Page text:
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Brain Sciences






Cortical representations expand during skilled motor learning. We studied a unique model of motor learning with cellular phone texting, where the thumbs are used exclusively to interact with the device and the prominence of use can be seen where 3200 text messages are exchanged a month in the 18–24 age demographic. The purpose of the present study was to examine the motor cortex representation and input–output (IO) recruitment curves of the abductor pollicis brevis (APB) muscle of the thumb and the ADM muscle with transcranial magnetic stimulation (TMS), relative to individuals’ texting abilities and short-term texting practice. Eighteen individuals performed a functional texting task (FTT) where we scored their texting speed and accuracy. TMS was then used to examine the cortical volumes and areas of activity in the two muscles and IO curves were constructed to measure excitability. Subjects also performed a 10-min practice texting task, after which we repeated the cortical measures. There were no associations between the cortical measures and the FTT scores before practice. However, after practice the APB cortical map expanded and excitability increased, whereas the ADM map constricted. The increase in the active cortical areas in APB correlated with the improvement in the FTT score. Based on the homogenous group of subjects that were already good at texting, we conclude that the cortical representations and excitability for the thumb muscle were already enlarged and more receptive to changes with short-term practice, as noted by the increase in FTT performance after 10-min of practice.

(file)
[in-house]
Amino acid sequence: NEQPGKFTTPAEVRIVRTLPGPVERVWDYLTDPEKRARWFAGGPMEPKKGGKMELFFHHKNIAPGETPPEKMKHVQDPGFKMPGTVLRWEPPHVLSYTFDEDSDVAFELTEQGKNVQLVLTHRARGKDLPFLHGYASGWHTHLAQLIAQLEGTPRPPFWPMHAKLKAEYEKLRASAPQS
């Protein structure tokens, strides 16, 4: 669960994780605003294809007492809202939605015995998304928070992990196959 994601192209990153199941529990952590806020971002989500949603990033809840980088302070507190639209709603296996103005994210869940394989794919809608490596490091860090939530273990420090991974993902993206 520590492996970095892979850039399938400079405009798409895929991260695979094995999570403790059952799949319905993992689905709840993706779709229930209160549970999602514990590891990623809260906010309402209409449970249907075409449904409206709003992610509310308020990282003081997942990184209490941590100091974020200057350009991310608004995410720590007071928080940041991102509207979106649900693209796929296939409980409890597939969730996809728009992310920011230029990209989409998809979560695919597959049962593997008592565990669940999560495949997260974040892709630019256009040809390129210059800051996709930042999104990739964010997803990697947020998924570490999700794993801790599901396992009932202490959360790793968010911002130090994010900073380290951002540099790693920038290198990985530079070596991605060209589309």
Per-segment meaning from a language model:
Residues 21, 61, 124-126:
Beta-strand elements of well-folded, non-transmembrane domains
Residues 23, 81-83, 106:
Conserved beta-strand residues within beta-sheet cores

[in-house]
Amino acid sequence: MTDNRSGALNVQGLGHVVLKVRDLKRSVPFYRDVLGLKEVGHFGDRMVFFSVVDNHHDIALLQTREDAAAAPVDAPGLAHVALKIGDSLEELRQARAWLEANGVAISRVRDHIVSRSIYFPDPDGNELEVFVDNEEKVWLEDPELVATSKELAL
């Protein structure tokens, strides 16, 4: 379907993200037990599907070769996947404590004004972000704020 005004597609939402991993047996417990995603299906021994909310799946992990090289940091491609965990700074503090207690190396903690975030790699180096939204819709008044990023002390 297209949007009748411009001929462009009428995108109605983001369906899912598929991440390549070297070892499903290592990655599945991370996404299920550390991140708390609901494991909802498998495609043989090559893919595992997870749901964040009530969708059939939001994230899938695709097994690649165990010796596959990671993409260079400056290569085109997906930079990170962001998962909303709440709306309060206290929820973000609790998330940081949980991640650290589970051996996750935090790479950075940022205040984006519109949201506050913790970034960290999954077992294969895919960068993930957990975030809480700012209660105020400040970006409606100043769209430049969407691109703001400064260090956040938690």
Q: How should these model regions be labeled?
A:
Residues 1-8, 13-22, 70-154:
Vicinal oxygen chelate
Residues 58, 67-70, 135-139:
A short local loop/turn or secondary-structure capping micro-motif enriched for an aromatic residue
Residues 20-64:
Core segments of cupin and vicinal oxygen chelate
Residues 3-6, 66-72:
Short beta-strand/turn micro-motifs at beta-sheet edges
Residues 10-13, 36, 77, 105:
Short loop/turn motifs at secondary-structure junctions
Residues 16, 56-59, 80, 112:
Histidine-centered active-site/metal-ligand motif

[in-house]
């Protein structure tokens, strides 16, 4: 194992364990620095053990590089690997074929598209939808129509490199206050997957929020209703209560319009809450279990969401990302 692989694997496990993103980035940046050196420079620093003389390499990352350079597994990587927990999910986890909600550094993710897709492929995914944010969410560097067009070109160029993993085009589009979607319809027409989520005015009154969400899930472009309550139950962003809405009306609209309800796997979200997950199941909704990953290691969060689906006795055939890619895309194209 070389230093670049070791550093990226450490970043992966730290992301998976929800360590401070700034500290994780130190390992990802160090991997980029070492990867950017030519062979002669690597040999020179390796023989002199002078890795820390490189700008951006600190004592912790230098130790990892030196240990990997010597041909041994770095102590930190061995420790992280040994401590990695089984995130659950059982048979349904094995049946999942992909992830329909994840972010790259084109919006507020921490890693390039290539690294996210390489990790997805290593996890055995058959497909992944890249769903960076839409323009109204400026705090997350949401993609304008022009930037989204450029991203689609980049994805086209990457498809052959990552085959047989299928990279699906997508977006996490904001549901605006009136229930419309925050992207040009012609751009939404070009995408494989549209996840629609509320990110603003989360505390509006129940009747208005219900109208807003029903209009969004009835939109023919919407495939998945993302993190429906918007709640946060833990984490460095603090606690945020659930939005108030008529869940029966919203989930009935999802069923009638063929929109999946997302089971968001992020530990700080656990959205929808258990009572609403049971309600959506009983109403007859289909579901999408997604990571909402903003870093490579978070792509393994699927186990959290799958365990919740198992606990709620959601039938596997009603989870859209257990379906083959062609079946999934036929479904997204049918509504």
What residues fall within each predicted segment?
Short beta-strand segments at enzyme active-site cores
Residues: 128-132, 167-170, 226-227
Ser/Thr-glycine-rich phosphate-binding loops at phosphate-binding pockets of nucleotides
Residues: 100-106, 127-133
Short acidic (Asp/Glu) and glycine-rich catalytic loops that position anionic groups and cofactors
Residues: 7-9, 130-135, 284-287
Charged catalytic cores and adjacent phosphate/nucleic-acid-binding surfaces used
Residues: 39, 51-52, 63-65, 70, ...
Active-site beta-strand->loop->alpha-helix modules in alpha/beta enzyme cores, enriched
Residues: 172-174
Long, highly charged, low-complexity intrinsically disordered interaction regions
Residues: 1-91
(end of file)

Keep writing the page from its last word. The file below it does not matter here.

Cortical representations; Text messages; Transcranial magnetic stimulation


Neuroscience and Neurobiology

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Creative Commons Attribution 4.0 License
This work is licensed under a Creative Commons Attribution 4.0 License.

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